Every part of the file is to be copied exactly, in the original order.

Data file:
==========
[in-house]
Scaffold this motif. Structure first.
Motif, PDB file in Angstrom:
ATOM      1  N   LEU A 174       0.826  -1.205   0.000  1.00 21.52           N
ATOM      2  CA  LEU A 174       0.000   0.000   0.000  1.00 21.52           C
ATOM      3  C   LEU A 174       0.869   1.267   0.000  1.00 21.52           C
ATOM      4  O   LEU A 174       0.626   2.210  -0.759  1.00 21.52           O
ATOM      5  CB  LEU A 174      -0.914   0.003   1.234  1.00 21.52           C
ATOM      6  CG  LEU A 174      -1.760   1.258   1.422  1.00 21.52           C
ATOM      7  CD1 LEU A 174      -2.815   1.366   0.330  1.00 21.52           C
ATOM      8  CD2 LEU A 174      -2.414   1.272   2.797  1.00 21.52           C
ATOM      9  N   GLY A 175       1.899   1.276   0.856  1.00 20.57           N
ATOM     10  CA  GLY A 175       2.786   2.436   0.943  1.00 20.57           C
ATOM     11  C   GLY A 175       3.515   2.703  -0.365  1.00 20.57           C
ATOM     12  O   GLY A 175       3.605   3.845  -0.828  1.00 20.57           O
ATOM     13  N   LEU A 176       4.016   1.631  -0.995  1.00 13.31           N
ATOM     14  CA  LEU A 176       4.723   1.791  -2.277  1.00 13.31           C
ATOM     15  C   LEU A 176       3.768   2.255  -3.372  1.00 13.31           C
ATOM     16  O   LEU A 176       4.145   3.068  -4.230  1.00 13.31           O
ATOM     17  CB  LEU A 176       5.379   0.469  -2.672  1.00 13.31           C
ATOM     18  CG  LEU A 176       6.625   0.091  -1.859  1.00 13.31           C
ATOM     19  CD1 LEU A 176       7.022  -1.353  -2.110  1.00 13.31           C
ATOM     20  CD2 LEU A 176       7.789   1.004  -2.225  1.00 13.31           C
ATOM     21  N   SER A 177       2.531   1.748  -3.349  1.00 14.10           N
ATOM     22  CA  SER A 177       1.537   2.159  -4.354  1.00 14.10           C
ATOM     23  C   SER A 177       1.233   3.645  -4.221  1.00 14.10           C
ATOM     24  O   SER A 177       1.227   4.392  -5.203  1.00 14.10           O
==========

[in-house]
Scaffold this motif. Structure first.
Motif, PDB file in Angstrom:
ATOM      1  N   LEU A 174       0.826  -1.205   0.000  1.00 21.52           N
ATOM      2  CA  LEU A 174       0.000   0.000   0.000  1.00 21.52           C
ATOM      3  C   LEU A 174       0.869   1.267   0.000  1.00 21.52           C
ATOM      4  O   LEU A 174       0.626   2.210  -0.759  1.00 21.52           O
ATOM      5  CB  LEU A 174      -0.914   0.003   1.234  1.00 21.52           C
ATOM      6  CG  LEU A 174      -1.760   1.258   1.422  1.00 21.52           C
ATOM      7  CD1 LEU A 174      -2.815   1.366   0.330  1.00 21.52           C
ATOM      8  CD2 LEU A 174      -2.414   1.272   2.797  1.00 21.52           C
ATOM      9  N   GLY A 175       1.899   1.276   0.856  1.00 20.57           N
ATOM     10  CA  GLY A 175       2.786   2.436   0.943  1.00 20.57           C
ATOM     11  C   GLY A 175       3.515   2.703  -0.365  1.00 20.57           C
ATOM     12  O   GLY A 175       3.605   3.845  -0.828  1.00 20.57           O
ATOM     13  N   LEU A 176       4.016   1.631  -0.995  1.00 13.31           N
ATOM     14  CA  LEU A 176       4.723   1.791  -2.277  1.00 13.31           C
ATOM     15  C   LEU A 176       3.768   2.255  -3.372  1.00 13.31           C
ATOM     16  O   LEU A 176       4.145   3.068  -4.230  1.00 13.31           O
ATOM     17  CB  LEU A 176       5.379   0.469  -2.672  1.00 13.31           C
ATOM     18  CG  LEU A 176       6.625   0.091  -1.859  1.00 13.31           C
ATOM     19  CD1 LEU A 176       7.022  -1.353  -2.110  1.00 13.31           C
ATOM     20  CD2 LEU A 176       7.789   1.004  -2.225  1.00 13.31           C
ATOM     21  N   SER A 177       2.531   1.748  -3.349  1.00 14.10           N
ATOM     22  CA  SER A 177       1.537   2.159  -4.354  1.00 14.10           C
ATOM     23  C   SER A 177       1.233   3.645  -4.221  1.00 14.10           C
ATOM     24  O   SER A 177       1.227   4.392  -5.203  1.00 14.10           O